8. I can imagine how you felt flying first class for the first time, so no need to say sorry for posting pics about it. Last year I flew business class for the first (and may be last?) time and I did the same. It's so much better travelling that way. Skipping all the lines, a waiting area which is basically a restaurant you can get anything and ofcourse a flat bed in the plane. It's the kind of comfort/luxury you want again, but pricewise it's out of my league unfortunately. Great cheetah sighting, curious about your next posts regarding the teaser. I hadn't seen any cheetahs, but I was there just after the green season which probably makes it harder. I spotted 3 cheetahs in your pic, did I see them all? The lions look great too, on top of that hill.
  9. Not sure what you're planning to do in Tanzania, safari, climbing the Kilimanjaro? If you want some good advice, give some more details about your trip and people here will be able to help you better. General advice when working with an agency: - make sure you know what's included and not, don't get surprised by extra costs - ask for a detailed itinerary which states accommodation, activities, meals (included or not), transport, private/group tour, etc) - don't be shy asking for adjustments if you prefer changes to their proposed itinerary, make sure they know your wishes
  10. Great report so far @AmyT! Fun to see so many young ostriches together. Also great lion shots. Hopefully the little one survived. The male having dinner looks funny. It looks like he has buffalo feet and a big piece of meat on his lap How did you do the drives? Separated drives in morning and afternoon or all day gamedrives?
  11. Great trip report! Takes me right back to Namibia. The long empty roads, great landscapes. Sorry to hear you were not very lucky with the weather. But I do also think it gave you an opportunity to make some unique pictures. The fog looks a bit unreal, but also pretty amazing and unlike many other photos taken there. The photo of the lion in the wind is also pretty stunning, it really shows the harsh conditions the animals have to deal with. As Johan Cruijff (legendary Dutch soccer player for those who dont know him) would have said: every disadvantage has it's advantage.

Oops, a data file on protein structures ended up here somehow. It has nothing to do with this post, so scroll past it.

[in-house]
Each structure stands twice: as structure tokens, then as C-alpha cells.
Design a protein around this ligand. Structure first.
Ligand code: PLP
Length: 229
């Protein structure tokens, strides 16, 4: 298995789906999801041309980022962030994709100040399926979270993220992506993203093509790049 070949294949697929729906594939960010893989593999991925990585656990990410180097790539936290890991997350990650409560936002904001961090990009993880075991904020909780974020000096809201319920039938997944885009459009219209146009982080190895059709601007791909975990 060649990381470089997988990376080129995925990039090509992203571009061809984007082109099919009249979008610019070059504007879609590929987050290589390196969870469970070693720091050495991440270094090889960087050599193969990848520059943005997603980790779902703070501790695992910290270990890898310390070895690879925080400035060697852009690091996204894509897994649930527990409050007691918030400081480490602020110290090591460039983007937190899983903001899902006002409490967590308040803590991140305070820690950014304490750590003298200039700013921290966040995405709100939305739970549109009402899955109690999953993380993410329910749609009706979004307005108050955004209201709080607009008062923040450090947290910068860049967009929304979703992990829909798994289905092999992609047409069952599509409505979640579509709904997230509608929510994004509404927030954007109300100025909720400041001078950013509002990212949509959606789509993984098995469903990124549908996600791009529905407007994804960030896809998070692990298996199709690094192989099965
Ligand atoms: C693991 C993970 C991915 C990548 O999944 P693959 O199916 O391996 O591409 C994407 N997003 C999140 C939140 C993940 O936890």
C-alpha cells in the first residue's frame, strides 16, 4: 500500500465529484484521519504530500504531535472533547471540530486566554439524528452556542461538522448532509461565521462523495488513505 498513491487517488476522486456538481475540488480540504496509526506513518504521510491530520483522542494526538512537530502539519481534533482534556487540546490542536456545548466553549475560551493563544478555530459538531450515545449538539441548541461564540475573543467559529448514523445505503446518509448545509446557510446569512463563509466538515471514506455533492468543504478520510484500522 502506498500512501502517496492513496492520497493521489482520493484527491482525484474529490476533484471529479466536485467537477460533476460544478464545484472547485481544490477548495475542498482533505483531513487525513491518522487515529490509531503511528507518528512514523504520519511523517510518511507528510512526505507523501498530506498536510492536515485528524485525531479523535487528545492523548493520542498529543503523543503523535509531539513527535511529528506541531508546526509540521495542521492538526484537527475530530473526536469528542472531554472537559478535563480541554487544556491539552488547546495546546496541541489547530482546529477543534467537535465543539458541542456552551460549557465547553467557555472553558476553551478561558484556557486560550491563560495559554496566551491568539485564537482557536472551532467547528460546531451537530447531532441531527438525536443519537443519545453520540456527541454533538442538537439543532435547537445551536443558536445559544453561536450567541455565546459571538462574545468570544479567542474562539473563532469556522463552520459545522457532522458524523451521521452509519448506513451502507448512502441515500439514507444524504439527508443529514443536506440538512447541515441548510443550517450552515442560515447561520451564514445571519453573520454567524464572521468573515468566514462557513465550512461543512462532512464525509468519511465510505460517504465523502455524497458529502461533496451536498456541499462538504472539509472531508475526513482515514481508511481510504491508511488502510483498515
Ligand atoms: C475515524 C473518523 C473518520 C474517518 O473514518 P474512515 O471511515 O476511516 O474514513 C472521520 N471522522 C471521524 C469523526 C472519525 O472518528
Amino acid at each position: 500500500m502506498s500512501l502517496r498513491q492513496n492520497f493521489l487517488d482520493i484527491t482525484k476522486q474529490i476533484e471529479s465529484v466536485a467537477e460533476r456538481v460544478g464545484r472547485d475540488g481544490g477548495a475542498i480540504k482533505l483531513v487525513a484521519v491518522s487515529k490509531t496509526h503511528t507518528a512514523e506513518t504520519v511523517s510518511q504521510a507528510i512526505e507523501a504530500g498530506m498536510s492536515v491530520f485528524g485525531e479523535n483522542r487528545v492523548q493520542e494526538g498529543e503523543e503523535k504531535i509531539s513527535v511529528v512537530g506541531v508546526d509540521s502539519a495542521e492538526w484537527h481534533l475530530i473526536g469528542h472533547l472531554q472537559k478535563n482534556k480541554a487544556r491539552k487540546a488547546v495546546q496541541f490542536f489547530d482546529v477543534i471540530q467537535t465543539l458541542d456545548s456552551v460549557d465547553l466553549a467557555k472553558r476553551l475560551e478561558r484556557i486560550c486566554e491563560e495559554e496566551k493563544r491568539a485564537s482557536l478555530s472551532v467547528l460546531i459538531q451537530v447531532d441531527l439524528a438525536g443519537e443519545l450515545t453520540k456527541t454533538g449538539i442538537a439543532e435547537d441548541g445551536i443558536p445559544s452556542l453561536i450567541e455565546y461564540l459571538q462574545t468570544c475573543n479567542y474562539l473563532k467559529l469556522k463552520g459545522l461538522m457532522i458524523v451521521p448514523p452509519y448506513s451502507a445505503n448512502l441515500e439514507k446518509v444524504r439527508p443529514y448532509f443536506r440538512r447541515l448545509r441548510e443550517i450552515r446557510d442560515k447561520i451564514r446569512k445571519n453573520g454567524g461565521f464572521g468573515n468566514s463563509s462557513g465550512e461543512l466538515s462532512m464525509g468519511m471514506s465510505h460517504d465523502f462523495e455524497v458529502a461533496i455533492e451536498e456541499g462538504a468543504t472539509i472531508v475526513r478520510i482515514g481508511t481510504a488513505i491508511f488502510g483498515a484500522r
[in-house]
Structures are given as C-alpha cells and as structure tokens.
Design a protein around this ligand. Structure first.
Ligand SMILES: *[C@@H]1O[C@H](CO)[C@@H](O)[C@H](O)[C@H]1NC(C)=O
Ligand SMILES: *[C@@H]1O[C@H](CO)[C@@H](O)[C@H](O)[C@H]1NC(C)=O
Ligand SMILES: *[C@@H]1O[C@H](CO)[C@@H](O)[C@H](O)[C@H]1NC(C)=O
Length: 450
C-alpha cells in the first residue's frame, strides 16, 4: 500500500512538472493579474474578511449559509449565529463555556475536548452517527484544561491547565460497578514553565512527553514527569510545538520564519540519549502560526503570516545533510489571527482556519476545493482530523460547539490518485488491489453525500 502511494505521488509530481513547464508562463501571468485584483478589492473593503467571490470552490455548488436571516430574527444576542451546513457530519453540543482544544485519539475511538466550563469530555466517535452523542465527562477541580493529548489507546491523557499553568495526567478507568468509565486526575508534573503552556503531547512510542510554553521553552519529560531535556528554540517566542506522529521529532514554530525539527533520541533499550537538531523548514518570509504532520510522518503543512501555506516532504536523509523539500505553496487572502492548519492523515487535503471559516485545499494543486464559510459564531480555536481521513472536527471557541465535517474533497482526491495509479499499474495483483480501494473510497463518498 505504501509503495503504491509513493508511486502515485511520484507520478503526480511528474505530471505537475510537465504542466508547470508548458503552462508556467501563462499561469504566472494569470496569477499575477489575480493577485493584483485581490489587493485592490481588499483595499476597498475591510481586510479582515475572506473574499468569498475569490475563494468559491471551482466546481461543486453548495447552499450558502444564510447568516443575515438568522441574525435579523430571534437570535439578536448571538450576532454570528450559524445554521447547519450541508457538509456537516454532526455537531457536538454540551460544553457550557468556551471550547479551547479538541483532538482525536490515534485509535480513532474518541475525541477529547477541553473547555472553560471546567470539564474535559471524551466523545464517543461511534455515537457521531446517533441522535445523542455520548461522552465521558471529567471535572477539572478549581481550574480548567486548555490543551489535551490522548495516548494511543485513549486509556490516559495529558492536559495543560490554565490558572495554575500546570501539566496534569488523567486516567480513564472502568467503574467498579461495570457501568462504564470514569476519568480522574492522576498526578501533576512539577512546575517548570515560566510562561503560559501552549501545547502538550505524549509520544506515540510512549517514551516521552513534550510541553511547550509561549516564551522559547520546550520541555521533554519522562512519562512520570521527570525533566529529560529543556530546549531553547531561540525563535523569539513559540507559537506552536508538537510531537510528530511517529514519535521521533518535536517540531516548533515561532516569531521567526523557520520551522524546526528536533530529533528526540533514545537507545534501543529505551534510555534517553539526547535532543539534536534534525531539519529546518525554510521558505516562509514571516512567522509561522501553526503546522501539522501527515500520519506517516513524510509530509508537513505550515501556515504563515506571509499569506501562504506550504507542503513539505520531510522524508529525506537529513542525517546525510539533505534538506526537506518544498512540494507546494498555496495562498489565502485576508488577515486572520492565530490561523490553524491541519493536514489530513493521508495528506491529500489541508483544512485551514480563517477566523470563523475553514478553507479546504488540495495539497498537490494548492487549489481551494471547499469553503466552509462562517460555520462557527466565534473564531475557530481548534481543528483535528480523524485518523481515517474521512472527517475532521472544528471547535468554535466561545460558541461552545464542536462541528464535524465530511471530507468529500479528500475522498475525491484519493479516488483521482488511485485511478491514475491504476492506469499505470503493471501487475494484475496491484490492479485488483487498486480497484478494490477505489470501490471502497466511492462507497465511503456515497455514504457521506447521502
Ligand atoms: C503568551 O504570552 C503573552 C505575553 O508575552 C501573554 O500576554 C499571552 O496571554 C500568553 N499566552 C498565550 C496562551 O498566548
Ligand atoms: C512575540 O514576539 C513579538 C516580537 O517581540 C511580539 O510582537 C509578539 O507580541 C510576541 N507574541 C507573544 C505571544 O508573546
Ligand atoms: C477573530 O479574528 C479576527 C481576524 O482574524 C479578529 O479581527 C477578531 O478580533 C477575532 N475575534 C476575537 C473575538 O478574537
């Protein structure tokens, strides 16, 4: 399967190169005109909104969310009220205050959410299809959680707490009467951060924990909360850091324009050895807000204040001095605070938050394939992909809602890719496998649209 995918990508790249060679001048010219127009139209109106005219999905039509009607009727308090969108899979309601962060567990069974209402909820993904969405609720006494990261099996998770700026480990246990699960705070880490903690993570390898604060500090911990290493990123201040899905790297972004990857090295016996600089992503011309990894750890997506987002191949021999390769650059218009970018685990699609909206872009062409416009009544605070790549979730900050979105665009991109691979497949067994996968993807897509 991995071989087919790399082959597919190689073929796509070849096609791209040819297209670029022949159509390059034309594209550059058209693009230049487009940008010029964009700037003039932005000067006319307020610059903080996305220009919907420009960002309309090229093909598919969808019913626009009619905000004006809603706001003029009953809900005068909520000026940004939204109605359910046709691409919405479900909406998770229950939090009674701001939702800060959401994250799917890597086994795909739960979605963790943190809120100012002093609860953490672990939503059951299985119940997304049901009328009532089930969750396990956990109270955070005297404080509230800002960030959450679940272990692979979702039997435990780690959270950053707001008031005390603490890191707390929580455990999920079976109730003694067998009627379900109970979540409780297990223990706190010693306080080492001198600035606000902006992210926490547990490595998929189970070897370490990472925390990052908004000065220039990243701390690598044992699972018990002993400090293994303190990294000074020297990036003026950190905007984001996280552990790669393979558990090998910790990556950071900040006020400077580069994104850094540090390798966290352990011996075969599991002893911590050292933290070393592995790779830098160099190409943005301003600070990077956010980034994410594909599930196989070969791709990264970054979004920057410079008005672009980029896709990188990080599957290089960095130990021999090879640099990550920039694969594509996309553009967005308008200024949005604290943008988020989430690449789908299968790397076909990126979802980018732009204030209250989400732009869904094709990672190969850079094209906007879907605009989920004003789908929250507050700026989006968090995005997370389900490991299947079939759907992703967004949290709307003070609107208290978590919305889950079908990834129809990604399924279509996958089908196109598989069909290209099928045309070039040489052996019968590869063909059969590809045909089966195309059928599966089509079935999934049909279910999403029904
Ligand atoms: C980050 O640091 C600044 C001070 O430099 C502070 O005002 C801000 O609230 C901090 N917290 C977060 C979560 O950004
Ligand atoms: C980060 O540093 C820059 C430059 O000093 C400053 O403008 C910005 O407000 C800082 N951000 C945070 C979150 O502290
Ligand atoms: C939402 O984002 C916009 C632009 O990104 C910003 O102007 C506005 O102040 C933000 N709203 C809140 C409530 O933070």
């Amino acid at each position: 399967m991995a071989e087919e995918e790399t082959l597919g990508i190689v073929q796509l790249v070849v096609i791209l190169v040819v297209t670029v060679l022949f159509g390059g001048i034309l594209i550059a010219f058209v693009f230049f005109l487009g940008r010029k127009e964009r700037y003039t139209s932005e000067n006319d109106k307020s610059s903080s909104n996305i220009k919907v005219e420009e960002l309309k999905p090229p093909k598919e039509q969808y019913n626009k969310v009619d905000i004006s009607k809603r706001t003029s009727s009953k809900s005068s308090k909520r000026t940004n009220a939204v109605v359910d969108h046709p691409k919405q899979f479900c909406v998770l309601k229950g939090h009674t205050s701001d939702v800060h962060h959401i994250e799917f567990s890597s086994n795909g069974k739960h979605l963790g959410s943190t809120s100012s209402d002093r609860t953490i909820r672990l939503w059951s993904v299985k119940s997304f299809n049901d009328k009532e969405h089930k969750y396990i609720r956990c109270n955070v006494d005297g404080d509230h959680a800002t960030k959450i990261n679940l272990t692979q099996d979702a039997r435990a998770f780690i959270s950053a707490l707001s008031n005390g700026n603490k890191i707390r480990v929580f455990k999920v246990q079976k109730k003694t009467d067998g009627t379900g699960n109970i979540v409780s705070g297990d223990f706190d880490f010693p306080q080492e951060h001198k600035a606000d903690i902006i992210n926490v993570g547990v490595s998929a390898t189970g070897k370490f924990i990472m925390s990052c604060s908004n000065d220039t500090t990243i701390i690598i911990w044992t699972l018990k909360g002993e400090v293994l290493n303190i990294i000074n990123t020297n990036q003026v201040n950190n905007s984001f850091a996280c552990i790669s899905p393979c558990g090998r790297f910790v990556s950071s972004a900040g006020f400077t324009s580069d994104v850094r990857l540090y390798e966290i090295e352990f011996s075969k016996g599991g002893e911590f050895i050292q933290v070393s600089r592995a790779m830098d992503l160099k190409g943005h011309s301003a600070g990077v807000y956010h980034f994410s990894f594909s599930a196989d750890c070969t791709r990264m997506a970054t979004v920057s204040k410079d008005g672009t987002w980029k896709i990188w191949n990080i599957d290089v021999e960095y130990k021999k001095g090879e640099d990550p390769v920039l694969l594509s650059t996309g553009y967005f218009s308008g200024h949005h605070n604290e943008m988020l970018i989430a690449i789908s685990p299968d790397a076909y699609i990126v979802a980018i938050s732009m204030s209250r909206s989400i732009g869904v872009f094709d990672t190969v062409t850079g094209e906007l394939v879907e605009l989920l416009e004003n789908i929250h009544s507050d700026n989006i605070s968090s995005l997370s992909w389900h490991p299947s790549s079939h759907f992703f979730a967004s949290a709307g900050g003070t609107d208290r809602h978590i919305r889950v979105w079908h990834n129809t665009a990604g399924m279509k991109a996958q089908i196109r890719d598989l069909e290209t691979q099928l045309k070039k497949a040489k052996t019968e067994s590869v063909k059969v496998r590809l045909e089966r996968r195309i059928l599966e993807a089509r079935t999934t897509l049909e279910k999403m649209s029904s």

12. Always great when patience pays off. Did it feel as a little 'victory' for you too as you knew the guide had given up and left without seeing the leopard? It is how I sometimes feel, as I think some people are just too impatient on gamedrives. It's not that I want for those people to miss sightings, I hope everybody sees great stuff on safari, but if you yourself take the time and it pays off, great feeling. Great pictures of all the birds! I'm not that much into birds, but think your pics are really interesting and make me appreciate them more.
  13. Pretty impressive performance of these giants. Great capture @CarolAnnDenverCO! Interesting to hear the sounds ans see the behaviour of the herd.
  14. Merry Christmas and all the best for the new year to all of you! Looking forward to more travel stories and pictures in 2018, hopefully be able to add some my own as well.
  15. @Kitsafari I noticed we might have overlapped in Kafue yes. I was in Kafue from October 9 to 16. On the Busanga Plains specifically from October 12 to 15. The tse tse were nowhere on the plains, which actually was a great relieve from other parts of Kafue. Had to fight them from time to time. Only at the treeline there were some flies, but we didn't go there on the gamedrives. On our way in to the plains we found a few sables already, so on our drives we focussed on other parts of Busanga. We didn't see too much vehicles either on our drives. Only from the Wilderness camps and even then only at the lioness on a kill sighting I believe. You stayed at Musekese right? How were the tse tse over there? It looked like there camp was more in the bush and may be more tse tse were around there?